Hector's blog

A sw engineer blog.

Grunt, Grunt Watch and mochaTest

Introduction

Two weeks ago I started working 100% with nodeJs, and one of the things that caught my attention is that npm packages try to adhere to the philosophy of *nix: Write programs that do one thing and do it well.

While I started learning how to setup my TDD environment I found my self repeating copying and pasting the same small portion of javascript lines, so here I will share my quick setup to develop a npm module package.

Npm

I will assume that you already have nodeJs installed, so the first step is to run npm init.

$ mkdir my_module && cd my_module
$ my_module: npm init

Npm will ask you some questions about your package:

name: (my_module) //Name without spaces
version: (1.0.0) //leave it like this
description: //You npm module description
entry point: (index.js) //leave it like this
test command: __grunt mochaTest__ //We will be adding this shortly
git repository: //leave it empty for now
keywords: //empty
license: MIT //go with MIT
Is this ok? (yes) //verify everything is good.

A new file will be created on the root of my_module folder:

$ my_module: cat package.json
{
  "name": "my_module",
  "version": "1.0.0",
  "description": "",
  "main": "index.js",
  "scripts": {
    "test": "grunt mochaTest"
  },
  "author": "Hector Yeomans (http://hyeomans.com/)",
  "license": "MIT"
}

Grunt, mochaTest and grunt watch.

Next step is to add the required minimal packages to start doing some TDD:

$ my_module: npm install –save-dev grunt grunt-contrib-watch grunt-mocha-test mocha should

After running that command you can verify that everything went fine checking new entries on the package.json file:

$ my_module: cat package.json
{
  "name": "my_module",
  "version": "1.0.0",
  "description": "",
  "main": "index.js",
  "scripts": {
    "test": "grunt mochaTest"
  },
  "author": "Hector Yeomans (http://hyeomans.com/)",
  "license": "MIT",
  "devDependencies": {
    "grunt": "^0.4.5",
    "grunt-contrib-watch": "^0.6.1",
    "grunt-mocha-test": "^0.12.7",
    "mocha": "^2.1.0",
    "should": "^4.6.2"
  }
}

Now just add grunt for your production environment:

$ my_module: npm install --save grunt

Check your package.json and there should be a new entry.

Gruntfile

Grunt will allow us to run tasks from our command line, in this case we want two tasks added: one to watch our files and the other to run our tests. On the root folder create the following file:

$ my_module: sublime Gruntfile.js

Use any editor you want, the contents of the Gruntfile are:


module.exports = function(grunt) {
  grunt.loadNpmTasks('grunt-contrib-watch');
  grunt.loadNpmTasks('grunt-mochatest');

  grunt.initConfig({
    watch: {
      scripts: {
        files: ['src/**/*.js', 'test/**/*.js'],
        tasks: ['mochaTest']
      }
    },
    mochaTest: {
      test: {
        options: {
          reporter: 'spec'
        },
        src: ['test/**/*.js']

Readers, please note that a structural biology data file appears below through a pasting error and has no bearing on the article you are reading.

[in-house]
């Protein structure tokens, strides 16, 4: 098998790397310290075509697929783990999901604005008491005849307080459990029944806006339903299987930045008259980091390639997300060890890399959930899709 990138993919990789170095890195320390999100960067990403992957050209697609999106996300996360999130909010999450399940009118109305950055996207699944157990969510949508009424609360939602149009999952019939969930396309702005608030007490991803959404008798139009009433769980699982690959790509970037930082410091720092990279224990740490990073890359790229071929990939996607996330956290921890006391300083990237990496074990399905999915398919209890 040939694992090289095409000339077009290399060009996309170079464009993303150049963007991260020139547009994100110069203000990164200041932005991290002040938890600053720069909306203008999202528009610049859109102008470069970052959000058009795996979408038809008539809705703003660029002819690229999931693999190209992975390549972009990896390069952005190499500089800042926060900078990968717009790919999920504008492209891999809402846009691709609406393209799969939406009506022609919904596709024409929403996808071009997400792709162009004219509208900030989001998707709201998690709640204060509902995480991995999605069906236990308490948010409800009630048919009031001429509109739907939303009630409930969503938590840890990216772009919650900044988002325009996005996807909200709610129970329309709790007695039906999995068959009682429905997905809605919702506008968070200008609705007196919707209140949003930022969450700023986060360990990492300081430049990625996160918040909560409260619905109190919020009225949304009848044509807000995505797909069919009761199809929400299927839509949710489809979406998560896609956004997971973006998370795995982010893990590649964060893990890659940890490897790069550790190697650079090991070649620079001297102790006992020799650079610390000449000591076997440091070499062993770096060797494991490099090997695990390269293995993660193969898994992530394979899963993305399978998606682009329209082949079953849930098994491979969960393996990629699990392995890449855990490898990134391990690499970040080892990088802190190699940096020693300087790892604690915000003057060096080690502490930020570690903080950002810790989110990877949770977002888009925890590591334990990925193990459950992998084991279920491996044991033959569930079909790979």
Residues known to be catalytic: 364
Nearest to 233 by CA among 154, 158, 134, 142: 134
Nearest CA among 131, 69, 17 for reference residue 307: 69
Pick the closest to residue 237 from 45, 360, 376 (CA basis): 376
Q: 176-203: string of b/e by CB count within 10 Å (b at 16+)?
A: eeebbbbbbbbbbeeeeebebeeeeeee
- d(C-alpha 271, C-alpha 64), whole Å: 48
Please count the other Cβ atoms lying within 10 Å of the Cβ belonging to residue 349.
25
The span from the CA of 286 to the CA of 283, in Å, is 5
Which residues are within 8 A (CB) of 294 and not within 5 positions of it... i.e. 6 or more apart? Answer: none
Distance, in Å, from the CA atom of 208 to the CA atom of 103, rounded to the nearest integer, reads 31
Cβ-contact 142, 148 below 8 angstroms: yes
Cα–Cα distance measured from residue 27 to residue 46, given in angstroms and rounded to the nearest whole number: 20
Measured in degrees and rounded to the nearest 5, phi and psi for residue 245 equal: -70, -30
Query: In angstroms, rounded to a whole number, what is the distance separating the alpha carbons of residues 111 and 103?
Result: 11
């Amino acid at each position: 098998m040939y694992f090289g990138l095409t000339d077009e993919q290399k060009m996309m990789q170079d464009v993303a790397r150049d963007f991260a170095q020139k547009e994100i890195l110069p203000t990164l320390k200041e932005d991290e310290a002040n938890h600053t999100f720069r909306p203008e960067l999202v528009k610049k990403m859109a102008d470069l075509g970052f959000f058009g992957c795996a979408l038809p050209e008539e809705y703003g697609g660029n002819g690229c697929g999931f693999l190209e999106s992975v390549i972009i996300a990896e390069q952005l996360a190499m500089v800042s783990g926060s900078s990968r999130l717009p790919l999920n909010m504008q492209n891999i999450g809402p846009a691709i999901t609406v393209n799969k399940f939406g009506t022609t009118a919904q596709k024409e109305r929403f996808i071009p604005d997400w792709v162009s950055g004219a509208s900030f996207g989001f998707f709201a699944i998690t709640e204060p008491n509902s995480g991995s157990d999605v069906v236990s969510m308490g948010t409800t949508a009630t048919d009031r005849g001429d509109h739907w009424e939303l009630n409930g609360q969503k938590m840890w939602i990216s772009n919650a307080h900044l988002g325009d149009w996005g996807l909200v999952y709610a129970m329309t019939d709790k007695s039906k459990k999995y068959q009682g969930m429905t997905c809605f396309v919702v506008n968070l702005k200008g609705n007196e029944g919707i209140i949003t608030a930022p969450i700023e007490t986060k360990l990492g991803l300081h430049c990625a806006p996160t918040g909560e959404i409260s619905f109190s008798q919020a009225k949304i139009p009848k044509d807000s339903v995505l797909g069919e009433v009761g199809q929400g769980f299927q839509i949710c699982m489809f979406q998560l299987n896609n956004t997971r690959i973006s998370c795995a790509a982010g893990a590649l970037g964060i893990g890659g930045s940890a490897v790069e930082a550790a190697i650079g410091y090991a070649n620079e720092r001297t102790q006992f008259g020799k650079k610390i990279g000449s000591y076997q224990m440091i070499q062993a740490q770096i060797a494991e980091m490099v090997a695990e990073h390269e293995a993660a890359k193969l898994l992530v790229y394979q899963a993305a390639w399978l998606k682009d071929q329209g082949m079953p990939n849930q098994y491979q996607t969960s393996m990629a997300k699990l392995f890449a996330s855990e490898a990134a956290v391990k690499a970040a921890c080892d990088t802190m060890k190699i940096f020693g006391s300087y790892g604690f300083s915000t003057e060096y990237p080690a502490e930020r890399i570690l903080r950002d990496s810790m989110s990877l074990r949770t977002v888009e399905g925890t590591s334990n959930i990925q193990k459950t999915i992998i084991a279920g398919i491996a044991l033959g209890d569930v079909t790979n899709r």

}
    }
  });
};

As you can see, two new folders have to be created:

$ my_module: mkdir src && mkdir test

To verify everything is working, run the following command:

$ my_module: grunt watch
//You should see:
Running "watch" task
Waiting...

If you don’t see that, try installing grunt globally:

$ my_module: grunt install -g grunt grunt-cli

And then try again.

Your first test

First we will make sure that mocha is running properly, create a dumb test file:

$ my_module: sublime test/dumb-test.js

Inside type the following:

var should = require('should');

describe('Dumb Test', function () {
  it('is true', function () {
    true.should.be.false;    
  });
});

After saving, go back to the console window and type:

$ my_module: grunt mochaTest
//And you will see something like this:
AssertionError: expected true to be false

Before going back to your test and fixing it, you can fire up grunt watch

$ my_module: grunt watch

Fix your test and you will see a green dumb test.

Conclusion

It is really easy to setup your environment and start coding right away, the only drawback is that you find yourself repeating this over and over again. Hopefully next week we will have a yeoman generator to handle all this.

Command-Query Separation

Command Query Separation (CQS from now on) is a principle of software design that states that every method should be either a command OR a query, not both.

Struggling With This in JS

The this keyword.

A really intelligent workmate says that if you cannot explain a concept easily to someone who’s trying to learn given concept, then you don’t really know it.

In this post I will try to explain this concept for javascript. this binding is, at least for me, a constant source of confusion. I’m mainly a backend developer and when I get to see JS code I have to go back and forth reviewing how that this keyword works. Guesses, trial and error, copy-paste pattern from StackOverflow answers have not been an effective way for me to really learn what the this concept is and more importantly to miss the opportunity to leverage the real power that sits behind the concept.

Initial Commit

Don’t you cry no more

That’s the name of the song I’m listening while I started to write this post and I think is very appropiate for this week events Kansas - Carry On wayward Son.

This week I realized how profound the impact of my actions can be and the ripple effect can be either disastrous or very constructive.